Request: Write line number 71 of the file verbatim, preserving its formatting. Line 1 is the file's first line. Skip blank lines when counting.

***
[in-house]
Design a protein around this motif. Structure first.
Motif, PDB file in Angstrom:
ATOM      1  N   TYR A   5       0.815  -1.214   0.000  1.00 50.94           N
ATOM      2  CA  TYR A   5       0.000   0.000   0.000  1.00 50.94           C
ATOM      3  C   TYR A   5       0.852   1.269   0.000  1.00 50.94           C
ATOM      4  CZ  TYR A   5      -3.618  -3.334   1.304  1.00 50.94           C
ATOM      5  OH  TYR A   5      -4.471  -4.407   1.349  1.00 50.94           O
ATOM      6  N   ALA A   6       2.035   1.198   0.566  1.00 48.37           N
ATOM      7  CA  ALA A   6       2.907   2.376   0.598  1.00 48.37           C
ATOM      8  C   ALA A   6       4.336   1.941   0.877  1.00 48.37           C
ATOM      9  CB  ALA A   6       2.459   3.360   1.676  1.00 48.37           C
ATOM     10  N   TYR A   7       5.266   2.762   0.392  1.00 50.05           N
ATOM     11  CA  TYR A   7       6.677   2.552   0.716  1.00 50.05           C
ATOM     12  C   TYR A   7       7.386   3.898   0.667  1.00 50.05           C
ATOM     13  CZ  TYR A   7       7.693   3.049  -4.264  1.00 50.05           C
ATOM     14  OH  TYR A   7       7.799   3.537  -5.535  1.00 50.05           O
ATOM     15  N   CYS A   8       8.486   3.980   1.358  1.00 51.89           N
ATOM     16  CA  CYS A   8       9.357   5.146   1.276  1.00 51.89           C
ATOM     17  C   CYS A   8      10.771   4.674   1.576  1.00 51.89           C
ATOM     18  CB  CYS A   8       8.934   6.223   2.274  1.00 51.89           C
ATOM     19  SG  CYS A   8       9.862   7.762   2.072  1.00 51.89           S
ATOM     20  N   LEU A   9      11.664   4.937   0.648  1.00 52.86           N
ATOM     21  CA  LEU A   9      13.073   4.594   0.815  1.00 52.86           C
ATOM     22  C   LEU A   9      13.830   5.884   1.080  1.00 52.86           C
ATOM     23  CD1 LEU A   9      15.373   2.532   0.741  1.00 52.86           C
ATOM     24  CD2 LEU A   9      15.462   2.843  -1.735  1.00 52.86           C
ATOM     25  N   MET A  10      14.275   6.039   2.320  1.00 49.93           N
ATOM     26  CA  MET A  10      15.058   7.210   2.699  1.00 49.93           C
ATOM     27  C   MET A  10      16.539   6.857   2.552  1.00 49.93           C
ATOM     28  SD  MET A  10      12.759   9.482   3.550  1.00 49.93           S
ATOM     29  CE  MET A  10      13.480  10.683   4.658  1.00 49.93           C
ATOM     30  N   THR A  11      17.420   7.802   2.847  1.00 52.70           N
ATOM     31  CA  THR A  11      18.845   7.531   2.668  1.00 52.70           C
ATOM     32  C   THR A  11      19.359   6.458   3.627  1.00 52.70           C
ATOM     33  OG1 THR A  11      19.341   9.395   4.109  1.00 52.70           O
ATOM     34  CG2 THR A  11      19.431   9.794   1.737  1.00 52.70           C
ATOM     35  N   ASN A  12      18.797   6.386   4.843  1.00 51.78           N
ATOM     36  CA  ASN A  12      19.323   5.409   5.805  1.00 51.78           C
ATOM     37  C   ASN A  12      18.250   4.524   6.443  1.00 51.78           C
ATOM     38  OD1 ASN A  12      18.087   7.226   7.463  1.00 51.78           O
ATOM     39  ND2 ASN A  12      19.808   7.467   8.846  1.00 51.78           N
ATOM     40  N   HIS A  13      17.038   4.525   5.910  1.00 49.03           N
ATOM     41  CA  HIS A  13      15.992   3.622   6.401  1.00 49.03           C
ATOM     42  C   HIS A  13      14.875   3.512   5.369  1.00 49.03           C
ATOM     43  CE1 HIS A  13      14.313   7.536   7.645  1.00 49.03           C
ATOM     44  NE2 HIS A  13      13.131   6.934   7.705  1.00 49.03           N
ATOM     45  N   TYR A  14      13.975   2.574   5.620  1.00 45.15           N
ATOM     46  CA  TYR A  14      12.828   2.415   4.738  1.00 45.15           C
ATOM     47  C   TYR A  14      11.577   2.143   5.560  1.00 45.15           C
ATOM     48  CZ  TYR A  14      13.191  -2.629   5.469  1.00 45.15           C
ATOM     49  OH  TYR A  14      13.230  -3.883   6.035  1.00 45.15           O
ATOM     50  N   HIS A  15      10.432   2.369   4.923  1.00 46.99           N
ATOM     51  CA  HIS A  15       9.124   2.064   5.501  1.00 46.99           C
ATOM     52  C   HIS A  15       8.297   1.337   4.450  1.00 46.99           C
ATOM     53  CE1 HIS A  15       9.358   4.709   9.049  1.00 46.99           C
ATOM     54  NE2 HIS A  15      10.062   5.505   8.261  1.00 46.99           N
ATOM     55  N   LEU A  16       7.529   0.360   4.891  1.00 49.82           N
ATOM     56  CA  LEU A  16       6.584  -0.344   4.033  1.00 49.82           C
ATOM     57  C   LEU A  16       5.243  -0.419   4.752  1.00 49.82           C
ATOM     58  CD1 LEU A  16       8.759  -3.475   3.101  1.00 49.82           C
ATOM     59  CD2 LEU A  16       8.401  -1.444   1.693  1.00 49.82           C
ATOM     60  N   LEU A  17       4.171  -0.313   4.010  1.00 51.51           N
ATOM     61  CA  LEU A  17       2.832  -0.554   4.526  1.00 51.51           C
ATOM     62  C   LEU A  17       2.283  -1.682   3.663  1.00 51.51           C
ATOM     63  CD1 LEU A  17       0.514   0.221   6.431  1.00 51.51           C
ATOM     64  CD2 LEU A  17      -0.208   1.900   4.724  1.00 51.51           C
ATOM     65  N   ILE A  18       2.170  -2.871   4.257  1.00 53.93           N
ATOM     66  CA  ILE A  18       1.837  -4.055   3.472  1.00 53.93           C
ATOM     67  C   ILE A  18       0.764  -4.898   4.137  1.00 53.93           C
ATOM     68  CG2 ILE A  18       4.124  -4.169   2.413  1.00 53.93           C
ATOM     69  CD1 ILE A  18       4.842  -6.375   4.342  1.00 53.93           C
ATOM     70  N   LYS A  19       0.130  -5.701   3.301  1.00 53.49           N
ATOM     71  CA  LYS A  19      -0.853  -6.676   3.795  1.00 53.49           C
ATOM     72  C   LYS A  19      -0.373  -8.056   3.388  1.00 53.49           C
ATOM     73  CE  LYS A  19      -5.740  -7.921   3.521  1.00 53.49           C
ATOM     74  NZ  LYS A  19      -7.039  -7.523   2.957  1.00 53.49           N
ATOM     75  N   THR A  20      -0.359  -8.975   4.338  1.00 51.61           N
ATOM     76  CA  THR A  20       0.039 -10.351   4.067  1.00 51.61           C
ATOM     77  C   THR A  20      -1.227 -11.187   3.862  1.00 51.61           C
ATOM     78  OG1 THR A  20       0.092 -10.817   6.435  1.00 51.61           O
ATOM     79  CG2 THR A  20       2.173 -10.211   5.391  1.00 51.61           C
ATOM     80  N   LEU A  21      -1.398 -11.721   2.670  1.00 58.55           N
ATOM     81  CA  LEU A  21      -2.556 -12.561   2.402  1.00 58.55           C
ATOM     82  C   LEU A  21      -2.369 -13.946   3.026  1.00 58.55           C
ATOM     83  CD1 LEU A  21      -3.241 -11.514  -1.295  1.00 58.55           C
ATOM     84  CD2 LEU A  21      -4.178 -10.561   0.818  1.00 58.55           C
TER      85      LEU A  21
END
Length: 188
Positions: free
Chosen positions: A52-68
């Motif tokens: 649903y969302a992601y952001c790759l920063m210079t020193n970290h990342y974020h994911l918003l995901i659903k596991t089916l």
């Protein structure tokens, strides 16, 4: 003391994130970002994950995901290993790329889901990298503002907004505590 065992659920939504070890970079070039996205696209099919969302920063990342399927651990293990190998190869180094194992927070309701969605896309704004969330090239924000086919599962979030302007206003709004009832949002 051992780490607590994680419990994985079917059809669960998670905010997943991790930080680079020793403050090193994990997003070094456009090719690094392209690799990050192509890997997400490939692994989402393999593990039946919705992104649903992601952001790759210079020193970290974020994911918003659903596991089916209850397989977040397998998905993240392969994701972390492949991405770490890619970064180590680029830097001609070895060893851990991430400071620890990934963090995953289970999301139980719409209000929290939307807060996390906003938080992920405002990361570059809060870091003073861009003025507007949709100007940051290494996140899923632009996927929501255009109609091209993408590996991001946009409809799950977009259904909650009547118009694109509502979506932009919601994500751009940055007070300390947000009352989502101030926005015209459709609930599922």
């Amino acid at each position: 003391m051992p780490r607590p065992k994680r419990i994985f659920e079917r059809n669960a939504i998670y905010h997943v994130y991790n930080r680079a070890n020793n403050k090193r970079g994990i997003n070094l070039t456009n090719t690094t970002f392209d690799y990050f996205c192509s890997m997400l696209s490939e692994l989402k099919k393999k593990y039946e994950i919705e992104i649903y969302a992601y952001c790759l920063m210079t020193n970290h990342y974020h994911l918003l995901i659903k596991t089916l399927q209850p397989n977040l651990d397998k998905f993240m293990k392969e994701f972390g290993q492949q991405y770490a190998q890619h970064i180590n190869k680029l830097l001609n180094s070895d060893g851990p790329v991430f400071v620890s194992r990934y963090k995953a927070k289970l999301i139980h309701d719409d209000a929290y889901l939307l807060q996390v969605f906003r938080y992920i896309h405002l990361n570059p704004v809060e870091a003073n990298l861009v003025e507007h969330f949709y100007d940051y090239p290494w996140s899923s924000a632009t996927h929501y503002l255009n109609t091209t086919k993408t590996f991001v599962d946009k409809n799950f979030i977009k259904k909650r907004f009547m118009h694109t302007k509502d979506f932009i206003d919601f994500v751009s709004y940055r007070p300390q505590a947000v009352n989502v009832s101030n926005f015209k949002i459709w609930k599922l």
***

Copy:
ATOM     68  CG2 ILE A  18       4.124  -4.169   2.413  1.00 53.93           C